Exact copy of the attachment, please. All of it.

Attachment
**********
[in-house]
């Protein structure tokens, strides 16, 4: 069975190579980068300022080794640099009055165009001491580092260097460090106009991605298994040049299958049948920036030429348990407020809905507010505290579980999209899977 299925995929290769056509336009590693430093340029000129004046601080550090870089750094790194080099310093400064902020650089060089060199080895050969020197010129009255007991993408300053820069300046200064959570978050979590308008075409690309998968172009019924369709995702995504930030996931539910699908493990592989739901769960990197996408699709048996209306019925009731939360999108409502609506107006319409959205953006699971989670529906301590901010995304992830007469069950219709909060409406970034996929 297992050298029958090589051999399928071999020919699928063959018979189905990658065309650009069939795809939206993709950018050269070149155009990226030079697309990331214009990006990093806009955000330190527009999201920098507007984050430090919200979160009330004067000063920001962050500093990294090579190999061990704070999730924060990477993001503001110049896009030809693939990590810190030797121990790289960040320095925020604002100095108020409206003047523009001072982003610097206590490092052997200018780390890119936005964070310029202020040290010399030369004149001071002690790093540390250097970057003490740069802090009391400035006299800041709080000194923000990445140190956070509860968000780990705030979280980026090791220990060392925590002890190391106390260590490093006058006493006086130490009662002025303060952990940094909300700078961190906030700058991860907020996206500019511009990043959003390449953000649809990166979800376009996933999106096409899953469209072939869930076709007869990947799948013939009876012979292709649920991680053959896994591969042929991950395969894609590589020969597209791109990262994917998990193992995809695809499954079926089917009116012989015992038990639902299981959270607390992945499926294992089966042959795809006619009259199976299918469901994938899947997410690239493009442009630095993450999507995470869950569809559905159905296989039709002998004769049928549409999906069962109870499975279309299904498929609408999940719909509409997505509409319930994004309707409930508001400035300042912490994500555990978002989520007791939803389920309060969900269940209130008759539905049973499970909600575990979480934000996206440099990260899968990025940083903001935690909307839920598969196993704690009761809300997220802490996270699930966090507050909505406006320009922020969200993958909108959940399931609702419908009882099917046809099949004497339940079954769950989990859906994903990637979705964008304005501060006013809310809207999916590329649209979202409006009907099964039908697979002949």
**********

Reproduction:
[in-house]
């Protein structure tokens, strides 16, 4: 069975190579980068300022080794640099009055165009001491580092260097460090106009991605298994040049299958049948920036030429348990407020809905507010505290579980999209899977 299925995929290769056509336009590693430093340029000129004046601080550090870089750094790194080099310093400064902020650089060089060199080895050969020197010129009255007991993408300053820069300046200064959570978050979590308008075409690309998968172009019924369709995702995504930030996931539910699908493990592989739901769960990197996408699709048996209306019925009731939360999108409502609506107006319409959205953006699971989670529906301590901010995304992830007469069950219709909060409406970034996929 297992050298029958090589051999399928071999020919699928063959018979189905990658065309650009069939795809939206993709950018050269070149155009990226030079697309990331214009990006990093806009955000330190527009999201920098507007984050430090919200979160009330004067000063920001962050500093990294090579190999061990704070999730924060990477993001503001110049896009030809693939990590810190030797121990790289960040320095925020604002100095108020409206003047523009001072982003610097206590490092052997200018780390890119936005964070310029202020040290010399030369004149001071002690790093540390250097970057003490740069802090009391400035006299800041709080000194923000990445140190956070509860968000780990705030979280980026090791220990060392925590002890190391106390260590490093006058006493006086130490009662002025303060952990940094909300700078961190906030700058991860907020996206500019511009990043959003390449953000649809990166979800376009996933999106096409899953469209072939869930076709007869990947799948013939009876012979292709649920991680053959896994591969042929991950395969894609590589020969597209791109990262994917998990193992995809695809499954079926089917009116012989015992038990639902299981959270607390992945499926294992089966042959795809006619009259199976299918469901994938899947997410690239493009442009630095993450999507995470869950569809559905159905296989039709002998004769049928549409999906069962109870499975279309299904498929609408999940719909509409997505509409319930994004309707409930508001400035300042912490994500555990978002989520007791939803389920309060969900269940209130008759539905049973499970909600575990979480934000996206440099990260899968990025940083903001935690909307839920598969196993704690009761809300997220802490996270699930966090507050909505406006320009922020969200993958909108959940399931609702419908009882099917046809099949004497339940079954769950989990859906994903990637979705964008304005501060006013809310809207999916590329649209979202409006009907099964039908697979002949």